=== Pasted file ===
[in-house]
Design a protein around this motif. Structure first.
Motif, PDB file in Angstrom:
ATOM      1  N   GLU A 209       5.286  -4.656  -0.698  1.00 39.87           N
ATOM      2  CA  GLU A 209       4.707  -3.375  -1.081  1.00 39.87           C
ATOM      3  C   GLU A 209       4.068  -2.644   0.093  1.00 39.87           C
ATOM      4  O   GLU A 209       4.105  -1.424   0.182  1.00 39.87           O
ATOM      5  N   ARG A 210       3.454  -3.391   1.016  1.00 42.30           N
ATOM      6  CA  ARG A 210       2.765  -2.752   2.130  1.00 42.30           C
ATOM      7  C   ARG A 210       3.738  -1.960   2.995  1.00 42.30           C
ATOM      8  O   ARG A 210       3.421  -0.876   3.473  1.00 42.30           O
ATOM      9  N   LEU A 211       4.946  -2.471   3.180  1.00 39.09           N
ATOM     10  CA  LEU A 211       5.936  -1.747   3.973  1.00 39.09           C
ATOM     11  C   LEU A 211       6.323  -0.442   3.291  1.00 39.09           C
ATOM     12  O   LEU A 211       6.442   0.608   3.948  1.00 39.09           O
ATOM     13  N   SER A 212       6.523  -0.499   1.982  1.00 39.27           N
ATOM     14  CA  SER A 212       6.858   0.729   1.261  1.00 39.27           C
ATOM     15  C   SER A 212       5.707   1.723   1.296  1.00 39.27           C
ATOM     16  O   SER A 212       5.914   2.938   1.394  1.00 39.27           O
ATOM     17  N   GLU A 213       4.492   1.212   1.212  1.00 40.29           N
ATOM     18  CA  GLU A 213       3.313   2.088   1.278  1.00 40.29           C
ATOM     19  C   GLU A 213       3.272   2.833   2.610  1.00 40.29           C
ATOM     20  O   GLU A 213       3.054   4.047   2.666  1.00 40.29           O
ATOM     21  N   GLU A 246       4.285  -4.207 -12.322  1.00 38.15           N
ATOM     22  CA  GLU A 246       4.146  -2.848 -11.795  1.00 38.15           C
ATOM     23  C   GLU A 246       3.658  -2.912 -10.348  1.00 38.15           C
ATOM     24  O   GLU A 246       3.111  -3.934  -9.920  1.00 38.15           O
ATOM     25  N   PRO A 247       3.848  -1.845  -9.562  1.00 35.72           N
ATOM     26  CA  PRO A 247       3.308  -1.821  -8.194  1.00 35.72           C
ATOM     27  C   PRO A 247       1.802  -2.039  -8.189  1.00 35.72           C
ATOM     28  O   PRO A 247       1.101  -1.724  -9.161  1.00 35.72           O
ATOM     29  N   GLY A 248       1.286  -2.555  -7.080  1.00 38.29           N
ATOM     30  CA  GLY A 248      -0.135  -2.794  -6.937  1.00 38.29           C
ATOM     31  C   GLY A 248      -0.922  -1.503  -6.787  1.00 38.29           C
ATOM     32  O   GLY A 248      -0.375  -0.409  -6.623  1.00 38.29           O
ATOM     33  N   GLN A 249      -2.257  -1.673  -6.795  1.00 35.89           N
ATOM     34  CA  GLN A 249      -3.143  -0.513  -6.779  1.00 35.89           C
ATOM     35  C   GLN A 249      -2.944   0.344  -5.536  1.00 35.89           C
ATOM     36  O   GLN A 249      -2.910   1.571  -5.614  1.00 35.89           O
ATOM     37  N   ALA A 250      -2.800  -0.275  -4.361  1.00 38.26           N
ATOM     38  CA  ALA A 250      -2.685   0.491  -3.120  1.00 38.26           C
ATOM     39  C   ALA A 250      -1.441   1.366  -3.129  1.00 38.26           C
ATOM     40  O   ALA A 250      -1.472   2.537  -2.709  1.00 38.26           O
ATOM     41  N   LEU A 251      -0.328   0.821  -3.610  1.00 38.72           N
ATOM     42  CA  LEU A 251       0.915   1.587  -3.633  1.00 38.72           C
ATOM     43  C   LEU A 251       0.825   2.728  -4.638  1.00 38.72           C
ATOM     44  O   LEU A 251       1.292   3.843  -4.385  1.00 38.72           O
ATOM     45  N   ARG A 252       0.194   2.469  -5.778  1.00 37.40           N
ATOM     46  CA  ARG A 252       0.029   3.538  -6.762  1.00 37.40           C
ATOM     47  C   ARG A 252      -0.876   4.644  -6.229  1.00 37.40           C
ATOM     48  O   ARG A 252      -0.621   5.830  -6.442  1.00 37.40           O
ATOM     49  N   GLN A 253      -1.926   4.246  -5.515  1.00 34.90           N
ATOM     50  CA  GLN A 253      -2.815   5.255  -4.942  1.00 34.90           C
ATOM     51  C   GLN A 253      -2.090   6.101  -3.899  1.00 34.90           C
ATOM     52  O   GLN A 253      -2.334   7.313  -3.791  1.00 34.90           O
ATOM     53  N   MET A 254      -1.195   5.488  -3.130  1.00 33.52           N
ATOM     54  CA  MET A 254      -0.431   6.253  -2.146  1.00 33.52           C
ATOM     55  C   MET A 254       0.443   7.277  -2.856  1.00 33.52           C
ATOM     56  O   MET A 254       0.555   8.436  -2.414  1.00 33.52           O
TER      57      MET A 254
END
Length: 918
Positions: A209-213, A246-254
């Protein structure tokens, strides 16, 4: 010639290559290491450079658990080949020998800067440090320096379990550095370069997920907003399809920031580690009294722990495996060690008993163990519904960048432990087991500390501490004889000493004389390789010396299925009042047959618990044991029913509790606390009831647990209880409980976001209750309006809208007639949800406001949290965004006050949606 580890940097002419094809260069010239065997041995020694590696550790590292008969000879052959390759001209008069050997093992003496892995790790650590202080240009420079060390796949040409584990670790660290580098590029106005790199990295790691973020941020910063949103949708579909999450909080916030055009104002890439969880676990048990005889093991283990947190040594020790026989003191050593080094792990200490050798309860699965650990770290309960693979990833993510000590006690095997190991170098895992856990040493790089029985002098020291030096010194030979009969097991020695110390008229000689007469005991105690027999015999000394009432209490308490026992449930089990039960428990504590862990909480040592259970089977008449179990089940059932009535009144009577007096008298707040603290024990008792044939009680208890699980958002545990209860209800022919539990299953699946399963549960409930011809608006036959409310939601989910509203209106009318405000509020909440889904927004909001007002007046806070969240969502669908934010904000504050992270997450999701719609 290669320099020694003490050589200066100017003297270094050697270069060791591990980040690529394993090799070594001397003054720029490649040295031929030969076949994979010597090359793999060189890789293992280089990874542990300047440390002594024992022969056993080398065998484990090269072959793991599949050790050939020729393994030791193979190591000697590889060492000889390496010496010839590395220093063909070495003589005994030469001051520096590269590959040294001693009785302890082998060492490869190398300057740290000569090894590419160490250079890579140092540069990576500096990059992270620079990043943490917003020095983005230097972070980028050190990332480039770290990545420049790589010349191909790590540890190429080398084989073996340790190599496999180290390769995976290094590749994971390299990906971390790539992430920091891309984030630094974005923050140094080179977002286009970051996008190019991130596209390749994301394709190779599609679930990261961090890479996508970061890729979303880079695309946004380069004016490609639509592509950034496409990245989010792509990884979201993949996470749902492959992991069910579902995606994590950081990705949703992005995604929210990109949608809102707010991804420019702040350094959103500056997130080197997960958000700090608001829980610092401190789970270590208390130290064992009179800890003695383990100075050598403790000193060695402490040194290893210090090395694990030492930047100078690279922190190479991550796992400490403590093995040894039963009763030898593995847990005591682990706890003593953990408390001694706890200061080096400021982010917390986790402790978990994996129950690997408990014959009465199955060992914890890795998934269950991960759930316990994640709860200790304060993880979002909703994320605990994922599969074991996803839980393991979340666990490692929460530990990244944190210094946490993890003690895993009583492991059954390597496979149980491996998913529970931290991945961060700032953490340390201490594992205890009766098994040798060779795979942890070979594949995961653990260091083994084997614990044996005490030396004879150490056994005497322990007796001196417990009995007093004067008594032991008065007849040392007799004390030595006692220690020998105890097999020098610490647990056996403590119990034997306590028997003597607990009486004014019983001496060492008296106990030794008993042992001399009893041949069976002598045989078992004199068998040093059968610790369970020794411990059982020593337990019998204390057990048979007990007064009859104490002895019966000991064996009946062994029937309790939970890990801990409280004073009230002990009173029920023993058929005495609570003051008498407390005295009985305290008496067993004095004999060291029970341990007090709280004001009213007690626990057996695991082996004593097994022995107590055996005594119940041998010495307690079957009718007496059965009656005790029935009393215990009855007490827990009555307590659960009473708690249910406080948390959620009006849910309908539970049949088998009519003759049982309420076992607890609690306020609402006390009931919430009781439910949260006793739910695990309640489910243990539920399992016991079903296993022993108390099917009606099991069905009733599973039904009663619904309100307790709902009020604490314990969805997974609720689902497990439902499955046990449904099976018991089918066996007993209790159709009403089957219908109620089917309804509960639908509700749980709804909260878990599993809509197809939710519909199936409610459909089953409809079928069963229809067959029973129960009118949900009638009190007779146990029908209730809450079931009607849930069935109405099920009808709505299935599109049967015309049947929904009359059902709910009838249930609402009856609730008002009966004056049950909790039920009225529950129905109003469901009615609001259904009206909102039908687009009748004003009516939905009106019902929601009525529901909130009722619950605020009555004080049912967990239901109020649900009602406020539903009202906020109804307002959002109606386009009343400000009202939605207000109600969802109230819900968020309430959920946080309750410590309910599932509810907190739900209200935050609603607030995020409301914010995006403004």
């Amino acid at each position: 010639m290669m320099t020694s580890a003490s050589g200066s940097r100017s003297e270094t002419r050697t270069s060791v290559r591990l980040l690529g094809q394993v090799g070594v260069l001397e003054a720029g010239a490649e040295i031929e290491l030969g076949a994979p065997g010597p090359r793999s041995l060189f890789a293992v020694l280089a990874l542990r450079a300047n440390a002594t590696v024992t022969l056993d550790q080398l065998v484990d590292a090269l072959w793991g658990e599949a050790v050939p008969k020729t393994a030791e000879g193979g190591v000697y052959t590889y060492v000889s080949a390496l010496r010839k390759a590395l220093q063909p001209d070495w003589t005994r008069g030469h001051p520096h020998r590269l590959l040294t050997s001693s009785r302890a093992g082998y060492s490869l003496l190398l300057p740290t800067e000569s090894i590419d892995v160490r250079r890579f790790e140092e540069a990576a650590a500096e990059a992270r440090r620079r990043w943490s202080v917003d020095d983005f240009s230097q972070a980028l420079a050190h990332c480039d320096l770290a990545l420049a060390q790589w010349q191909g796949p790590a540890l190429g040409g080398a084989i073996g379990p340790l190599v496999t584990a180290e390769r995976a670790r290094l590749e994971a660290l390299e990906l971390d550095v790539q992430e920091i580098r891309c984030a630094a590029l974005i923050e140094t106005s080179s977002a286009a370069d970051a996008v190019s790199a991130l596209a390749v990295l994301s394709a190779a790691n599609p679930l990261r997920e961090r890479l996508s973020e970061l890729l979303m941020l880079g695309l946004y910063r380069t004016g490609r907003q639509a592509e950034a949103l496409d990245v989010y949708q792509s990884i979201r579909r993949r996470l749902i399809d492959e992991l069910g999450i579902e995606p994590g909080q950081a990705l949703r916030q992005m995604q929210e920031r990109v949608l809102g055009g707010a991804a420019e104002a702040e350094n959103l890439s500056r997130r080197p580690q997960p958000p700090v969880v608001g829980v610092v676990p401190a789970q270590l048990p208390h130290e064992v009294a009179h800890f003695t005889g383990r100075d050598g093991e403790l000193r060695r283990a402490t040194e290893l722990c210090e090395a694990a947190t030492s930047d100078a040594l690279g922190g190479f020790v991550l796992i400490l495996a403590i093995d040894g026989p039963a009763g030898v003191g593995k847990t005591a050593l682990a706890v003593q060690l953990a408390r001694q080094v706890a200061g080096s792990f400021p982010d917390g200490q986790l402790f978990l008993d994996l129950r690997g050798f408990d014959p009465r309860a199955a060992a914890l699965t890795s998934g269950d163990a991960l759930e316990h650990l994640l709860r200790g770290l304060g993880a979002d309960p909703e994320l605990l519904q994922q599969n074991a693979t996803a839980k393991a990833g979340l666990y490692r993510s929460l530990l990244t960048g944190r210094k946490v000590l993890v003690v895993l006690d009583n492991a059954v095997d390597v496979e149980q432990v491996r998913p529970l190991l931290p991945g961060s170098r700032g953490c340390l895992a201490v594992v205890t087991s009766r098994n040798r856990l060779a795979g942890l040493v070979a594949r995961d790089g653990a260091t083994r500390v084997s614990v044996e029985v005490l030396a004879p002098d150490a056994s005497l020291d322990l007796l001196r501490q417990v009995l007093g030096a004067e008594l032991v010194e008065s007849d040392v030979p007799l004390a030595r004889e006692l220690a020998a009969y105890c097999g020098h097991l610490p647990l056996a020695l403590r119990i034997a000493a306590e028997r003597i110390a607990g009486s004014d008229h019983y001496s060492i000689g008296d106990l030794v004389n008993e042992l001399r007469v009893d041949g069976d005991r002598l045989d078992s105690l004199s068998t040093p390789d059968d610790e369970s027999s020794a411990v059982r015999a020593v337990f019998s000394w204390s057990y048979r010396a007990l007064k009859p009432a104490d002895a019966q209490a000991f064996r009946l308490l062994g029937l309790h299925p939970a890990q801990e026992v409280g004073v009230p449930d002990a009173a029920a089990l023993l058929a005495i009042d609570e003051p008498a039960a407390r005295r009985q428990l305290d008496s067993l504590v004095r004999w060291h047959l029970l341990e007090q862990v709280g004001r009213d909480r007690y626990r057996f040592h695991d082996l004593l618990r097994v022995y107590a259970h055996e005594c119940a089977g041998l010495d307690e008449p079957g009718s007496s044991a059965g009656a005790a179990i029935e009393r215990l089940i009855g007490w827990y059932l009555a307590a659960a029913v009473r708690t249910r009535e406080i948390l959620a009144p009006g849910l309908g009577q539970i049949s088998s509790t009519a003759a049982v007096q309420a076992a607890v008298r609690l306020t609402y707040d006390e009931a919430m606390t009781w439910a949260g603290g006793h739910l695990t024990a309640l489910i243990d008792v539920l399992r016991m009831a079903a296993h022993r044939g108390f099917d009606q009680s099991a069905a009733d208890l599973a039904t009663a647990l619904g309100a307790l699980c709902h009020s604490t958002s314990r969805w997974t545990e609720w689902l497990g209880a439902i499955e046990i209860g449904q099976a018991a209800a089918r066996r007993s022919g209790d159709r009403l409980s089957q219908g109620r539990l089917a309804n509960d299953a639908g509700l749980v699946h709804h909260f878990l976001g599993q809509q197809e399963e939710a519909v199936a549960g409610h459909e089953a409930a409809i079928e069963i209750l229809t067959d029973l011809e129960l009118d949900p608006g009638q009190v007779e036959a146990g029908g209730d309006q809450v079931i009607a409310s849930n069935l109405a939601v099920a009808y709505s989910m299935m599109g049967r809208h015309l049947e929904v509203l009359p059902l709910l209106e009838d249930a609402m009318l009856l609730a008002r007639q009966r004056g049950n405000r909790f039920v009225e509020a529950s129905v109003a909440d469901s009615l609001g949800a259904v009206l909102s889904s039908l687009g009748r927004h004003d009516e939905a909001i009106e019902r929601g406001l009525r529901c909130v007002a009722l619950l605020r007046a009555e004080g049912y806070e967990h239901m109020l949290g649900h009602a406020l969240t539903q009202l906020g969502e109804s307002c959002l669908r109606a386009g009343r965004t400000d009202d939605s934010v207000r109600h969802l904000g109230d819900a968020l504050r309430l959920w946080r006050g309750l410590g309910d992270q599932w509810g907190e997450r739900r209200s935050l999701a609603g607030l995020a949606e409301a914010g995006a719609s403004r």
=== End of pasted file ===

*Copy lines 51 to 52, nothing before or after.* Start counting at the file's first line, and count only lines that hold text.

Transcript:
ATOM     48  O   ARG A 252      -0.621   5.830  -6.442  1.00 37.40           O
ATOM     49  N   GLN A 253      -1.926   4.246  -5.515  1.00 34.90           N